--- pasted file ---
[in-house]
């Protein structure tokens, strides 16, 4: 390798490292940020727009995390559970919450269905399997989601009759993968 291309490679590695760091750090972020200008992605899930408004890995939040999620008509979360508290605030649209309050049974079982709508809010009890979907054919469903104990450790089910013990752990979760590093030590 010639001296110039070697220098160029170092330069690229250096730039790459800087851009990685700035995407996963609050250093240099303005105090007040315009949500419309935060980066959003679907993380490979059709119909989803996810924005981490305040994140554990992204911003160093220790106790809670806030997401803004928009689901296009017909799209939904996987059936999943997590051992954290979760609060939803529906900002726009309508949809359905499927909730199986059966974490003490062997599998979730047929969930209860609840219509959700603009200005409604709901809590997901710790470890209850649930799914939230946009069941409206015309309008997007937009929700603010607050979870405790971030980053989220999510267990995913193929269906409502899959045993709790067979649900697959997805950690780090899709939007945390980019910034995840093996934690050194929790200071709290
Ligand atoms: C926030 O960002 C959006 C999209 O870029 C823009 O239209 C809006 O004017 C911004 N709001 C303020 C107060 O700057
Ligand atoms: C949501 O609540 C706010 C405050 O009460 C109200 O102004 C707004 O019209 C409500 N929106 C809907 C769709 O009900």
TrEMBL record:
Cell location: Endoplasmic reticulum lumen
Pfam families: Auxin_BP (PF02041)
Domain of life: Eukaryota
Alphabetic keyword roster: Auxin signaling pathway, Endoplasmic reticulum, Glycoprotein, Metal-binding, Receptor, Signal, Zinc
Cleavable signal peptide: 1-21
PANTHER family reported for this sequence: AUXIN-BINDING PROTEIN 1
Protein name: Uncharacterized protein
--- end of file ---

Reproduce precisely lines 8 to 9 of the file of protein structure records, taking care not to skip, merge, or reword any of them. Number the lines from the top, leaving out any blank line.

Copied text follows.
Domain of life: Eukaryota
Alphabetic keyword roster: Auxin signaling pathway, Endoplasmic reticulum, Glycoprotein, Metal-binding, Receptor, Signal, Zinc